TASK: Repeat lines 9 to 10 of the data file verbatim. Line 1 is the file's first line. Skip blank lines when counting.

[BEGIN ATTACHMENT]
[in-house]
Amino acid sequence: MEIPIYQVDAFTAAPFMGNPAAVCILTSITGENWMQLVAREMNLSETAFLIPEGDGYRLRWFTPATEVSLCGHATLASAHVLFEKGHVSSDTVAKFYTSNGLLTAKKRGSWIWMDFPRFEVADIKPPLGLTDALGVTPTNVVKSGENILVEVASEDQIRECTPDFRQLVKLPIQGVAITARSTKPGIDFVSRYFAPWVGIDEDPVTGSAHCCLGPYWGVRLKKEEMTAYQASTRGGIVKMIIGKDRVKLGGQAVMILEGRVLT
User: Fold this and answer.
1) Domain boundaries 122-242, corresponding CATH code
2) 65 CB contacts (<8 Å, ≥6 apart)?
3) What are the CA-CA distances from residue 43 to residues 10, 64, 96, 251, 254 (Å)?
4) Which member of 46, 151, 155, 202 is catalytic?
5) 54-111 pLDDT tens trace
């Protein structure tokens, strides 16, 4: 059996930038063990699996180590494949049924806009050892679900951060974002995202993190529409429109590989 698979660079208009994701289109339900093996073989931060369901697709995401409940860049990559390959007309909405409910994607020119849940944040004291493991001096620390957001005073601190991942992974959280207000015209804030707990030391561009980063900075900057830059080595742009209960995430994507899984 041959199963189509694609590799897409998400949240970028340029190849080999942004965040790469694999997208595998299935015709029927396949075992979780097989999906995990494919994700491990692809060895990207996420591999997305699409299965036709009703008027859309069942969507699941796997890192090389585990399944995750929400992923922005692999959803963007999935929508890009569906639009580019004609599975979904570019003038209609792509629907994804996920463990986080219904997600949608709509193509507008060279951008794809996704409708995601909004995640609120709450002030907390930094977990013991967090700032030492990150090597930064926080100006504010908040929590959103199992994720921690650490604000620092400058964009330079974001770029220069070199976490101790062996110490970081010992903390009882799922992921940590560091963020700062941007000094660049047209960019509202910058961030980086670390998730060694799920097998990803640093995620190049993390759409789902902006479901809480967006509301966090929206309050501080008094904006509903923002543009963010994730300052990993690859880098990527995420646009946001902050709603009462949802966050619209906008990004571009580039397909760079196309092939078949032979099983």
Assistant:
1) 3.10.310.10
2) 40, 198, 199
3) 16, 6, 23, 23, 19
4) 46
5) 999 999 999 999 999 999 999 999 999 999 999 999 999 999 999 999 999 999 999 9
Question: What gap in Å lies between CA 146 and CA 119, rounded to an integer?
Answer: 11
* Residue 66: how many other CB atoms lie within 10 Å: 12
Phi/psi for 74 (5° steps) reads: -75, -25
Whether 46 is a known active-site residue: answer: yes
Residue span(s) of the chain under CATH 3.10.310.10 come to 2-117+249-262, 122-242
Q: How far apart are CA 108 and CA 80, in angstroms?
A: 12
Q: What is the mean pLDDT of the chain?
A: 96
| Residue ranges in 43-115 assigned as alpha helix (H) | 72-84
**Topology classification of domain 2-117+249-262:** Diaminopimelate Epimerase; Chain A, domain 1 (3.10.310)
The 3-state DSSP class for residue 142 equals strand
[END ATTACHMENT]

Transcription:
């Protein structure tokens, strides 16, 4: 059996930038063990699996180590494949049924806009050892679900951060974002995202993190529409429109590989 698979660079208009994701289109339900093996073989931060369901697709995401409940860049990559390959007309909405409910994607020119849940944040004291493991001096620390957001005073601190991942992974959280207000015209804030707990030391561009980063900075900057830059080595742009209960995430994507899984 041959199963189509694609590799897409998400949240970028340029190849080999942004965040790469694999997208595998299935015709029927396949075992979780097989999906995990494919994700491990692809060895990207996420591999997305699409299965036709009703008027859309069942969507699941796997890192090389585990399944995750929400992923922005692999959803963007999935929508890009569906639009580019004609599975979904570019003038209609792509629907994804996920463990986080219904997600949608709509193509507008060279951008794809996704409708995601909004995640609120709450002030907390930094977990013991967090700032030492990150090597930064926080100006504010908040929590959103199992994720921690650490604000620092400058964009330079974001770029220069070199976490101790062996110490970081010992903390009882799922992921940590560091963020700062941007000094660049047209960019509202910058961030980086670390998730060694799920097998990803640093995620190049993390759409789902902006479901809480967006509301966090929206309050501080008094904006509903923002543009963010994730300052990993690859880098990527995420646009946001902050709603009462949802966050619209906008990004571009580039397909760079196309092939078949032979099983």
Assistant: